The St. Laurent Ministry now proposes to spend 1.6 billion dollars upon its program of defense during the fiscal year beginning April 1, 1951, and an almost equal sum in each of the two following years. It also plans as far as is within its power to accelerate the production of raw materials, which will be a very important contribution to the common cause. Recent discoveries seem to assure that Canada can become a large producer of iron ore, uranium, titanium and oil to supplement her very substantial output of copper, nickel and other metals; and her production of food is also capable of considerable expansion.

The Canadian Government, however, has not been completely subservient to Washington in regard to the Asiatic policies of the Truman Administration. If it has not followed the example of the British Government in giving formal recognition to the Government of Mao Tse-tung, it has been frankly critical of Chiang Kaishek's régime, and has dissociated itself explicitly from the pledge given by President Truman to defend Formosa. Its acquiescence in the decision to authorize General MacArthur to cross the 38th parallel was qualified on November 6, 1950, by a confidential expression of misgivings to Washington about the reported intention of MacArthur to carry his campaign to the Yalu River. The creation of a buffer zone in northern Korea was also proposed.

When the United States began to press for the condemnation of Communist China as an aggressor, the first pronouncement of Mr. Pearson upon this move was that it was "premature and unwise." After the United Nations "cease fire" committee, of which he was a member, failed to achieve a basis for peaceful negotiations with the Chinese Communists, and the United States agreed to modify the terms of its original resolution, he cast Canada's vote for the condemnation of the Peiping Government. But, when Mr. Pearson reviewed the international situation in the House of Commons on February 2, he emphasized that his Government had not abandoned hope of a peaceful settlement, and had made its view abundantly clear that "this resolution does not give anyone on one side any excuse for rash or adventurous courses or anyone on the other any shadow of excuse for refusing to discuss an ending of hostilities or a peaceful solution of the problem." Moreover, when Mr. Attlee visited Ottawa, he found the St. Laurent Ministry in complete sympathy with his efforts to persuade the Truman Administration that the commitment of the Western democracies to a full-scale war against Communist China would play into the hands of the Russians and might well have calamitous consequences in Europe. At the moment Canada therefore has a greater community of views about Korea and the international crisis with Britain than with the United States.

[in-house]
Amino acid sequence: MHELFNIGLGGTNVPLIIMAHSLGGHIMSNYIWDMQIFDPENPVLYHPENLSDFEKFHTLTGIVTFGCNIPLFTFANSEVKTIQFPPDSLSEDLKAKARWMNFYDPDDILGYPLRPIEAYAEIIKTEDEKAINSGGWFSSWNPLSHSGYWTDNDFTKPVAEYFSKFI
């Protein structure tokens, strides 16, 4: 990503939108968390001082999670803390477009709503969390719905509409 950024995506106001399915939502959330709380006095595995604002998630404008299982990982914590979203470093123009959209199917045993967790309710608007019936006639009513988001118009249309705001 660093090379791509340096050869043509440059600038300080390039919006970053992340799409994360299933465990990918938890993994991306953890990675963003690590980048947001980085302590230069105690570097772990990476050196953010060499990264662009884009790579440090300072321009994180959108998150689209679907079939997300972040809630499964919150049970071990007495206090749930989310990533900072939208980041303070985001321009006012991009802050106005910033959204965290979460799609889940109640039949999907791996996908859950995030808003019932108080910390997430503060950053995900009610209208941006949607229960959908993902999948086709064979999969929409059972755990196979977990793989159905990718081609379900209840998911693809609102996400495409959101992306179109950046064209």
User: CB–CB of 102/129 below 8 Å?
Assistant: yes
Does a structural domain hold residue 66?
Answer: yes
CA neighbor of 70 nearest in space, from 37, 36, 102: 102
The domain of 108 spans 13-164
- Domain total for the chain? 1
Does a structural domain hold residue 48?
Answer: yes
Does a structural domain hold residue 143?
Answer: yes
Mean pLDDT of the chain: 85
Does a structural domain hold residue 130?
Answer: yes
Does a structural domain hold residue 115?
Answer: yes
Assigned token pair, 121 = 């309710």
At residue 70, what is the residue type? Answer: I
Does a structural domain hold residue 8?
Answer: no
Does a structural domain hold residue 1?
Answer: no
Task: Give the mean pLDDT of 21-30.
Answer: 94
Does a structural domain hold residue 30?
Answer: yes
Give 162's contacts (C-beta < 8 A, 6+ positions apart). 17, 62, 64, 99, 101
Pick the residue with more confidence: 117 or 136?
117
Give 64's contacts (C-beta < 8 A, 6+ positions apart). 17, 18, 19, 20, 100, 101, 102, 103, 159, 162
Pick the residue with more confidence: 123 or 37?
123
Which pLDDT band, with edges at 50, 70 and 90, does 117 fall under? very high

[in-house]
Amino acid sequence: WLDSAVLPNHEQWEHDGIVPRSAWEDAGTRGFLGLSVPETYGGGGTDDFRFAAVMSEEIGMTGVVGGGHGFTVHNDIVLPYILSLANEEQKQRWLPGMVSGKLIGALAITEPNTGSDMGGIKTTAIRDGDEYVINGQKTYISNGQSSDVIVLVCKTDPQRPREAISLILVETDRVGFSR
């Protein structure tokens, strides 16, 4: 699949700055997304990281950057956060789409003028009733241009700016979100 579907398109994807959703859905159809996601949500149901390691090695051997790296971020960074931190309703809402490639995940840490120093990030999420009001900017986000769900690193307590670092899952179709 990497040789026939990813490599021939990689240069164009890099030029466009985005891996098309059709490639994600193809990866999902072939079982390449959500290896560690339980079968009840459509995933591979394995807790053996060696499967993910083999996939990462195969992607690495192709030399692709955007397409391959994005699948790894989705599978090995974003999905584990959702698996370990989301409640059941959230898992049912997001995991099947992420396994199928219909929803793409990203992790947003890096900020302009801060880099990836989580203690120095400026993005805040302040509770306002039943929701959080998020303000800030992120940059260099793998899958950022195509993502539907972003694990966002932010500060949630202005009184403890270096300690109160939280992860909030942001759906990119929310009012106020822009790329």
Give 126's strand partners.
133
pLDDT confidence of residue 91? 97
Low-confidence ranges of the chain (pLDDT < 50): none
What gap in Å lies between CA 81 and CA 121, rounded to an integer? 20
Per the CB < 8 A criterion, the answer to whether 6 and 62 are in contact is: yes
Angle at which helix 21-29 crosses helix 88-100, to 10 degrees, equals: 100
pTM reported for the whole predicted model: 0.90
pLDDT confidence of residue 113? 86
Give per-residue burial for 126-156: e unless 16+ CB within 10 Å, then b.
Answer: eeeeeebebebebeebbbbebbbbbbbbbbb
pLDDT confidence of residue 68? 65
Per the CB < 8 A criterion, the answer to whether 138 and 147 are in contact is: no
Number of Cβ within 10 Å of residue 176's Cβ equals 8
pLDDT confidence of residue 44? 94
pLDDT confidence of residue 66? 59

V

Little fault can be found with the policy of the St. Laurent Ministry about Korea, but the very slow pace at which it has moved for the fulfillment of Canada's obligations as a member of the United Nations is less satisfactory. The reasons for the hesitancy are not obscure. Prime Minister St. Laurent is a French Canadian, and some 90 of his supporters in the House of Commons are either French Canadians or owe their seats to a bloc of French-Canadian votes. In the later stages of the First World War the French Canadians banded together in a solid racial bloc to resist the imposition of military conscription by the Borden Ministry. They were subjected to persistent indoctrination by the leaders of the Canadian Liberal Party to the effect that conscription was a monstrous injustice perpetrated against the French-Canadian people by wicked Canadian Tory politicians acting as servile agents of aggressive British imperialists. There are few British imperialists of any kind left today, but a process of political miseducation, which was no credit to Canadian Liberalism, has planted in the minds of most French-Canadians the idée fixe that they should be privileged to enjoy immunity from participation in overseas war because such conflicts always brought the hated draft in their train.

There had been some expectation that the powerful influence of the Roman Catholic Church would be exerted in Quebec to persuade the French Canadians that in any war against Communists its fortunes were at stake, but the editorial comments of the French-Canadian papers upon the Government's decision to support the United Nations intervention in Korea ranged from outright condemnation to lukewarm approval. The recruiting returns for the special U.N. force showed a smaller proportion of volunteers from Quebec than from any other province. Under these circumstances the St. Laurent Ministry felt that it must keep its commitments for the common pool of defense within limits which would not arouse violent opposition in Quebec. It secured authority at the special session to spend $300,000,000 in providing equipment and munitions for the European partners in the North Atlantic union; spokesmen of the Ministry from Mr. St. Laurent downward have been arguing that such supplies would be a quicker and more effective contribution to the defense of Western Europe than a contingent of Canadian troops.